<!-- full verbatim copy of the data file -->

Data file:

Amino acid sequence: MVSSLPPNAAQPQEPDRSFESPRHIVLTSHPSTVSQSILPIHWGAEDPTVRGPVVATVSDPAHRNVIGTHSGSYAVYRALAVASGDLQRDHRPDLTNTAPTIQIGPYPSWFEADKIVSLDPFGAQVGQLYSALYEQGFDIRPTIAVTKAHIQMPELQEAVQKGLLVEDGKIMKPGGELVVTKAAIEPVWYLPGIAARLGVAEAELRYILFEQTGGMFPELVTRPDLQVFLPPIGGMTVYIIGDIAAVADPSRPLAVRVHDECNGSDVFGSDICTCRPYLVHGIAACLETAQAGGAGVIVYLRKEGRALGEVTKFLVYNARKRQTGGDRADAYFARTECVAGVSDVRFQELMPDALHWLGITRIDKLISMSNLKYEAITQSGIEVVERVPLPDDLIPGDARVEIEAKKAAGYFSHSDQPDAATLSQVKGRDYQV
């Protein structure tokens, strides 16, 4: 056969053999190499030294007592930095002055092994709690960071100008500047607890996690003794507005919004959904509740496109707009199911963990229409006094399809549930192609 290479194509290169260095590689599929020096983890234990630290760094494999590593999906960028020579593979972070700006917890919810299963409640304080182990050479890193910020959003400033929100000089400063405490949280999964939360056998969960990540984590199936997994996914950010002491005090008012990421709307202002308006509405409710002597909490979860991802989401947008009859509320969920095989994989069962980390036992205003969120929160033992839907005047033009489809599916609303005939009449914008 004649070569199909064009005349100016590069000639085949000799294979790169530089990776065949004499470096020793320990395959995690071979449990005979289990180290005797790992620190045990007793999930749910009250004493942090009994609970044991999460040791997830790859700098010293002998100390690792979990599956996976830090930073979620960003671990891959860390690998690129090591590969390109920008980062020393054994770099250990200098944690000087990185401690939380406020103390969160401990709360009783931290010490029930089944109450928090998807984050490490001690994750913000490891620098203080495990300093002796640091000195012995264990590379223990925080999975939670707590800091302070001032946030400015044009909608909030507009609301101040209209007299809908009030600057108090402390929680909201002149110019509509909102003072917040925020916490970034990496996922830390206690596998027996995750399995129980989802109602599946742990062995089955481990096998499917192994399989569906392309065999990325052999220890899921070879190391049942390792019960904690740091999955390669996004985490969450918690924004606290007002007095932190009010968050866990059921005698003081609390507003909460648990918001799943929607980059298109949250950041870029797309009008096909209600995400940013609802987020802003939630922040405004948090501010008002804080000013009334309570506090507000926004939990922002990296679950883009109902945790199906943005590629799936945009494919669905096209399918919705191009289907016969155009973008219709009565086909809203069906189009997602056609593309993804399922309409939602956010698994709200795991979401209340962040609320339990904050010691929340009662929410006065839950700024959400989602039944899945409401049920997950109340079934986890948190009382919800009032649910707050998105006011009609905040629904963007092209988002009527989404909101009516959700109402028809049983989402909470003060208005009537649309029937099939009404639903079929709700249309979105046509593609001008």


Amino acid sequence: MVSSLPPNAAQPQEPDRSFESPRHIVLTSHPSTVSQSILPIHWGAEDPTVRGPVVATVSDPAHRNVIGTHSGSYAVYRALAVASGDLQRDHRPDLTNTAPTIQIGPYPSWFEADKIVSLDPFGAQVGQLYSALYEQGFDIRPTIAVTKAHIQMPELQEAVQKGLLVEDGKIMKPGGELVVTKAAIEPVWYLPGIAARLGVAEAELRYILFEQTGGMFPELVTRPDLQVFLPPIGGMTVYIIGDIAAVADPSRPLAVRVHDECNGSDVFGSDICTCRPYLVHGIAACLETAQAGGAGVIVYLRKEGRALGEVTKFLVYNARKRQTGGDRADAYFARTECVAGVSDVRFQELMPDALHWLGITRIDKLISMSNLKYEAITQSGIEVVERVPLPDDLIPGDARVEIEAKKAAGYFSHSDQPDAATLSQVKGRDYQV
């Protein structure tokens, strides 16, 4: 056969053999190499030294007592930095002055092994709690960071100008500047607890996690003794507005919004959904509740496109707009199911963990229409006094399809549930192609 290479194509290169260095590689599929020096983890234990630290760094494999590593999906960028020579593979972070700006917890919810299963409640304080182990050479890193910020959003400033929100000089400063405490949280999964939360056998969960990540984590199936997994996914950010002491005090008012990421709307202002308006509405409710002597909490979860991802989401947008009859509320969920095989994989069962980390036992205003969120929160033992839907005047033009489809599916609303005939009449914008 004649070569199909064009005349100016590069000639085949000799294979790169530089990776065949004499470096020793320990395959995690071979449990005979289990180290005797790992620190045990007793999930749910009250004493942090009994609970044991999460040791997830790859700098010293002998100390690792979990599956996976830090930073979620960003671990891959860390690998690129090591590969390109920008980062020393054994770099250990200098944690000087990185401690939380406020103390969160401990709360009783931290010490029930089944109450928090998807984050490490001690994750913000490891620098203080495990300093002796640091000195012995264990590379223990925080999975939670707590800091302070001032946030400015044009909608909030507009609301101040209209007299809908009030600057108090402390929680909201002149110019509509909102003072917040925020916490970034990496996922830390206690596998027996995750399995129980989802109602599946742990062995089955481990096998499917192994399989569906392309065999990325052999220890899921070879190391049942390792019960904690740091999955390669996004985490969450918690924004606290007002007095932190009010968050866990059921005698003081609390507003909460648990918001799943929607980059298109949250950041870029797309009008096909209600995400940013609802987020802003939630922040405004948090501010008002804080000013009334309570506090507000926004939990922002990296679950883009109902945790199906943005590629799936945009494919669905096209399918919705191009289907016969155009973008219709009565086909809203069906189009997602056609593309993804399922309409939602956010698994709200795991979401209340962040609320339990904050010691929340009662929410006065839950700024959400989602039944899945409401049920997950109340079934986890948190009382919800009032649910707050998105006011009609905040629904963007092209988002009527989404909101009516959700109402028809049983989402909470003060208005009537649309029937099939009404639903079929709700249309979105046509593609001008």